When Easton Miller, 5, arrived for a special party at Wyoming Junior High School, where his mother is a teacher, he noticed everybody was wearing the same T-shirt.
Below the shirts’ Wyoming Wolves logo and the words “Crushing Chiari,” the shirts said “Team Easton.”
“I tried to let him know the reason everybody was wearing T-shirts with his name on them was to support him,” said mom, Angie Miller, a math teacher.
Miller’s explanation came between “happy tears.” She was still absorbing the shock of the surprise herself. Miller walked into what she thought was a staff meeting to find 75 of her colleagues, Easton, her husband, Kevin Miller, and daughter, Sydney, 7.
Easton was diagnosed with Chiari malformation last summer after Miller noticed a curve in his spine and sought medical attention. Tests showed the scoliosis was caused by a neurological disorder where the bottom part of the brain, the cerebellum, descends out of the skull and crowds the spinal cord, putting pressure on both the brain and spine. In Easton’s case, a large, fluid-filled cyst had formed within his spinal cord.They had gathered to cheer on Easton, a kindergartner at Caledonia Public School’s Paris Ridge Elementary, who underwent successful surgery in October to correct a structural brain defect.
Easton wears a brace at night to correct the scoliosis and has been able to resume all activities.
Not one for the spotlight, Easton was at first a bit apprehensive of the attention, but soon warmed up to the crowd, helping pass out cake and meeting his mother’s co-workers.
A Schoolwide Effort
Staff members on the junior high’s Process Champions Team, led by social worker Brooke Davis, the student council and Principal Jon Blackburn, invested in 80 T-shirts as a show of support for the Miller family. They also purchased 100 $2 bracelets Miller is selling to raise money for the foundation Conquer Chiari.
“All I can say is it’s overwhelming,” said Miller. “It was honestly the biggest surprise anyone’s ever given me.”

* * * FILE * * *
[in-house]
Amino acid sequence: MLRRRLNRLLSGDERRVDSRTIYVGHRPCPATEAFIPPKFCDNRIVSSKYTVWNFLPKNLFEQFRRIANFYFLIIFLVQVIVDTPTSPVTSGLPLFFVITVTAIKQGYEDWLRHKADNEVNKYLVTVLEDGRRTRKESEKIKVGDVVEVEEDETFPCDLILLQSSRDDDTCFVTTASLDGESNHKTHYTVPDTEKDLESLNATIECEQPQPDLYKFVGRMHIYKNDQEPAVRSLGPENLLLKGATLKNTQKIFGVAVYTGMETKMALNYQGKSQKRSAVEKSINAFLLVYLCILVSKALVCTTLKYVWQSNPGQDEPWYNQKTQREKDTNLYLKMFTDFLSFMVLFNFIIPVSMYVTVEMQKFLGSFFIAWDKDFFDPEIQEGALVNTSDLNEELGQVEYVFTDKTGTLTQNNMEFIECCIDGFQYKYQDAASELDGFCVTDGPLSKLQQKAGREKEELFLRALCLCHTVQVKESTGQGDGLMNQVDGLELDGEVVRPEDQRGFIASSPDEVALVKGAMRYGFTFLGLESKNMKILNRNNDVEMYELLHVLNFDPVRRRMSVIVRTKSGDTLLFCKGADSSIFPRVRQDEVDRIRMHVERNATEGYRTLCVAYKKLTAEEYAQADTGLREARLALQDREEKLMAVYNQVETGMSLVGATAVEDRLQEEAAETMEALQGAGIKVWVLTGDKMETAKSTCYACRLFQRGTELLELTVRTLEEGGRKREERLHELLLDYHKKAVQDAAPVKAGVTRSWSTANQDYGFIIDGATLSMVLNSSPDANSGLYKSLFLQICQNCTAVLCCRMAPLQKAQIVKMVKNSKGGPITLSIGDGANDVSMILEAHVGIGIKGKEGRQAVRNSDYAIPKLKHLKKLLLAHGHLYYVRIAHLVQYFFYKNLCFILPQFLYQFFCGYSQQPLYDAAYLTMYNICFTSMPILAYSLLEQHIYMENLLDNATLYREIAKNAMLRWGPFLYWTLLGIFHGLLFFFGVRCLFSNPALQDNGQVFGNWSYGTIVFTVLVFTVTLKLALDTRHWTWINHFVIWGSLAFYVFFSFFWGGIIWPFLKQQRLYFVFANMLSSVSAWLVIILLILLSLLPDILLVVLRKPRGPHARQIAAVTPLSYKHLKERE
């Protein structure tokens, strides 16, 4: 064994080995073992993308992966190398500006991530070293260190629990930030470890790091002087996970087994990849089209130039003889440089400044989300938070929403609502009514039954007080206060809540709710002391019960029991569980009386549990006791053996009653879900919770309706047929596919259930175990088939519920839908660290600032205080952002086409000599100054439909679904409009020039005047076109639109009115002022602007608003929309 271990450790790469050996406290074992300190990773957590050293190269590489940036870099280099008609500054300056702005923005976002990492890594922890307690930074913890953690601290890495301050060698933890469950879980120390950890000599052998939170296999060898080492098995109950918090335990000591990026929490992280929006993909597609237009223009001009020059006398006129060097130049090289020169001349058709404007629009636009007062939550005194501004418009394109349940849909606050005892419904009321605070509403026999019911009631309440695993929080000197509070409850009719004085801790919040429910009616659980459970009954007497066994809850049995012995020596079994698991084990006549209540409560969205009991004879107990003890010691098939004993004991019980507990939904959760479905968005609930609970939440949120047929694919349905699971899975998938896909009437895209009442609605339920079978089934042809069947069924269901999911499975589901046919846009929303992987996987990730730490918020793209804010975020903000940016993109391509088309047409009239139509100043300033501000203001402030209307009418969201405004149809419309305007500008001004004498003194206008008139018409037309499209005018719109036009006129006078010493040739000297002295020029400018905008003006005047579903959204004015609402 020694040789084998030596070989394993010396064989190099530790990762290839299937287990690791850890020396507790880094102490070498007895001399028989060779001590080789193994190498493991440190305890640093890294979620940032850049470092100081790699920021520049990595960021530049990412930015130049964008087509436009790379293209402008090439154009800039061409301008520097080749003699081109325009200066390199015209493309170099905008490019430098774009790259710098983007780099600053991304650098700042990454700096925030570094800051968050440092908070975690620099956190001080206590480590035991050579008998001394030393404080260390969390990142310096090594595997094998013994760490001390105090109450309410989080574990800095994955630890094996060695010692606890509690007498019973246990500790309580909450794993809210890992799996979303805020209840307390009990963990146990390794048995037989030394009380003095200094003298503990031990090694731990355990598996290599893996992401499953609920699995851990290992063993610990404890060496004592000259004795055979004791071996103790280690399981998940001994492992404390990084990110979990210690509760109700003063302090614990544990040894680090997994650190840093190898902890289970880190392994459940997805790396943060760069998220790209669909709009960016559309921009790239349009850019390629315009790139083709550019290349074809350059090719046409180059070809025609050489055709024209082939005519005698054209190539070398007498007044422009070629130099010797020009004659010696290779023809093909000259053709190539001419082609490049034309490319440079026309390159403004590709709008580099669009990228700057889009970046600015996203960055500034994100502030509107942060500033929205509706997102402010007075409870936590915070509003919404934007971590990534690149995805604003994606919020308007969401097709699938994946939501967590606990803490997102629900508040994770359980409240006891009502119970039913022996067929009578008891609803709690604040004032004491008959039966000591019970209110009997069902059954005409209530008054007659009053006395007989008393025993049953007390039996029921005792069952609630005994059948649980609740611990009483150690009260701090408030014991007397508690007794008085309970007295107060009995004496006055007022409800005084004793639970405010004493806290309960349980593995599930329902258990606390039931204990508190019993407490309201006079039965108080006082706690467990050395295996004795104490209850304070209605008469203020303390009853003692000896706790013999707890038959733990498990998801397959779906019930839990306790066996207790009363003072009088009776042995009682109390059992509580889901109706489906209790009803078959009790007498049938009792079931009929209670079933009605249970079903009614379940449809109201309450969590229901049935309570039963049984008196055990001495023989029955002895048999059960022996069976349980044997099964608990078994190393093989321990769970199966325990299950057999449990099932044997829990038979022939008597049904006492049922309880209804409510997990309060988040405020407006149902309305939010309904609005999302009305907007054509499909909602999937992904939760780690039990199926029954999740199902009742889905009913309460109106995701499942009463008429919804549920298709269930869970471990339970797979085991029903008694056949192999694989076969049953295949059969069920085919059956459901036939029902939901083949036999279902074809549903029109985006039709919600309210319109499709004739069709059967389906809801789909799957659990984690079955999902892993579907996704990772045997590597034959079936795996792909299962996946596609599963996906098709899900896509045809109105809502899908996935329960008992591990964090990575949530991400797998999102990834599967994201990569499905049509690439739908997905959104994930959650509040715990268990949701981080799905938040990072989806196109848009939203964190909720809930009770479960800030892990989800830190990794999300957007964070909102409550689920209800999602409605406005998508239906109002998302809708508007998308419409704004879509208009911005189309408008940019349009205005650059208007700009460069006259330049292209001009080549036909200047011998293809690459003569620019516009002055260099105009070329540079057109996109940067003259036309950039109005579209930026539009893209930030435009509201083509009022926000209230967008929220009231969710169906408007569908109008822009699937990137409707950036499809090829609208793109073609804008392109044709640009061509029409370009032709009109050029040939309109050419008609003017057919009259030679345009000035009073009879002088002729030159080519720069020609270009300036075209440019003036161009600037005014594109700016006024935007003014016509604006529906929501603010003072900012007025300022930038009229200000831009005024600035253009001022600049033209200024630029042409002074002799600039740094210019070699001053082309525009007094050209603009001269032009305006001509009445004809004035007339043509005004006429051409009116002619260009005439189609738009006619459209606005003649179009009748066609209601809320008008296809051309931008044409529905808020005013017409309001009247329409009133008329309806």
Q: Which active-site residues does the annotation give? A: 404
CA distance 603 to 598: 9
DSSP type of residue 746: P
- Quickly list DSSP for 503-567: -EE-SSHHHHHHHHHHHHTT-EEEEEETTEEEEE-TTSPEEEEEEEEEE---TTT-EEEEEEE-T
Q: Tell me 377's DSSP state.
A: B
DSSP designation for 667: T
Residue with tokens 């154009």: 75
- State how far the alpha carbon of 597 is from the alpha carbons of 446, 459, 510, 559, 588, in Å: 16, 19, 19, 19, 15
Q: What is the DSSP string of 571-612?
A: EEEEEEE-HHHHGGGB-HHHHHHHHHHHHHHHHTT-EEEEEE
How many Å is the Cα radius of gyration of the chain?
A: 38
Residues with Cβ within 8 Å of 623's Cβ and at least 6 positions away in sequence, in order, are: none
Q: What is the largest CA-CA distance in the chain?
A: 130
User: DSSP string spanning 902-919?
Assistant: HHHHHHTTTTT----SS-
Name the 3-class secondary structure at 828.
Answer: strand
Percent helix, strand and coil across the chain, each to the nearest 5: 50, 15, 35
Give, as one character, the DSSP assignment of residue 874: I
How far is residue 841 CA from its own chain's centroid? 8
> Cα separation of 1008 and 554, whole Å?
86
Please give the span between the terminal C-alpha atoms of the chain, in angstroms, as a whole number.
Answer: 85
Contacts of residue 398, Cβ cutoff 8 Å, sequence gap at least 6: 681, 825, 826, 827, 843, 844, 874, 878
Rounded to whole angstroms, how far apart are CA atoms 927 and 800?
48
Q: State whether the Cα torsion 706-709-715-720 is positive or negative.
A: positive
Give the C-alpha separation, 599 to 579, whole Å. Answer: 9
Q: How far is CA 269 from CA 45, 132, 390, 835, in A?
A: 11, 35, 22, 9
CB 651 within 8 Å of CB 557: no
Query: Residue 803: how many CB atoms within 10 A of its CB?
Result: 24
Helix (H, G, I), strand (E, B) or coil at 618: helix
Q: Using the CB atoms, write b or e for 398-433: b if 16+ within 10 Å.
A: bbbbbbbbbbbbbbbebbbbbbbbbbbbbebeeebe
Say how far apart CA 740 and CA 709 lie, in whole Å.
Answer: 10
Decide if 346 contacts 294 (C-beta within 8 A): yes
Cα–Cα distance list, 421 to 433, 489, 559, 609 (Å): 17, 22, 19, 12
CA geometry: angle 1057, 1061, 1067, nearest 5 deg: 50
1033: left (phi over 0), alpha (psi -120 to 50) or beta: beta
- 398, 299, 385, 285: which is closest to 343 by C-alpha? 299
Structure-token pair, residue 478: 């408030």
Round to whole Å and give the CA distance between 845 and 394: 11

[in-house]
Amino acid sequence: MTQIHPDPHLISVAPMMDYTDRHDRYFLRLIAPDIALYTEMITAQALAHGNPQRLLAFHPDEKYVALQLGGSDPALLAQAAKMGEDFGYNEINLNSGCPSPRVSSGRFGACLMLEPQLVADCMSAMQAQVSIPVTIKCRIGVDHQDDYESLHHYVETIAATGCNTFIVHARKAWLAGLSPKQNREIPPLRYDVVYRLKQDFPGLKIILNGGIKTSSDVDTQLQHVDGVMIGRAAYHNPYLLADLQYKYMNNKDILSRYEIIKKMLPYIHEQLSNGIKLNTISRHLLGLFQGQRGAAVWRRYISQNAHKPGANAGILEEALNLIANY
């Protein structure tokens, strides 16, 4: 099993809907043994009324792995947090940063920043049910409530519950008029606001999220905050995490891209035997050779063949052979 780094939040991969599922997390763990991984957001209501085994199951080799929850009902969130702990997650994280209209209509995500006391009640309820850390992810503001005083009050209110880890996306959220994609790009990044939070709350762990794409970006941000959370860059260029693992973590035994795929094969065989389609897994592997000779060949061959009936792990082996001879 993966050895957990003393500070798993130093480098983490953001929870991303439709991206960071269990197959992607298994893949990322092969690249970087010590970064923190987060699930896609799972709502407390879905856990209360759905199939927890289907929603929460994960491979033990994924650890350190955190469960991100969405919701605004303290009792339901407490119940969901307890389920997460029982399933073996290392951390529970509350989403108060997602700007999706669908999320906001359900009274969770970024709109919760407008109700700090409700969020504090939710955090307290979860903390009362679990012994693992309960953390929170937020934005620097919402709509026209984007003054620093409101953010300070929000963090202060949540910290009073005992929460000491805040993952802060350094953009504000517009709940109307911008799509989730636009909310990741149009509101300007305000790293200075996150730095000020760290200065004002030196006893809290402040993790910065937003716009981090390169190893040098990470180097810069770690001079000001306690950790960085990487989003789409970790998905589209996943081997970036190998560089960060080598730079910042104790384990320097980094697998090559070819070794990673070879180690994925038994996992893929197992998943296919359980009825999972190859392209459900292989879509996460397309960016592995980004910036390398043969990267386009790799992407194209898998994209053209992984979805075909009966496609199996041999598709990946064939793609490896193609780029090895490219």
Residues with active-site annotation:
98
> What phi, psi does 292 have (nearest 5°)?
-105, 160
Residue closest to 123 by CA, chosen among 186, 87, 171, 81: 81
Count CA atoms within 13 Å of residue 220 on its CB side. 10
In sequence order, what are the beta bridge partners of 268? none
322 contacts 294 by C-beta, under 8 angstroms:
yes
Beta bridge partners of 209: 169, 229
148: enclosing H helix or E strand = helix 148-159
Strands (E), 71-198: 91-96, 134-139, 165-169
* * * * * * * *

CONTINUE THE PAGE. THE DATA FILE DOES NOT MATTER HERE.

Davis said Miller is known as the “quiet force” in the building. While, like her son, not one to seek attention, teachers wanted to show their concern and joy that Easton is doing well.
Eighth-grade student Sophia Rodriguez was in on the surprise, since she first approached Miller to see if she could organize a fund-raiser for Easton. Miller assured her insurance was covering expenses, but an idea was born.
“She responded, ‘well there’s got to be other people that need it.’ That just blew me away,” Miller said.
Sophia said she just wanted to find a way to help. “Sometimes teachers need help, too,” she said.
Sophia’s words and fund-raising ideas motivated Miller to order purple rubber bracelets, with the words “”Crushing Chiari” and “Team Easton” written on them.
Miller already has sold 200 bracelets to support the nonprofit organization dedicated to improving the experiences and outcomes of Chiari patients.
Davis said the Process Champions committee works to create a family atmosphere among staff.
Since the district consolidated school buildings last year, Davis said they have increased efforts to build relationships among staff members. All teachers have undergone Capturing Kids Hearts training, which puts an emphasis on forming connections with each other.
“Building relationships with each other makes it easier to build relationships with the kids,” Davis said.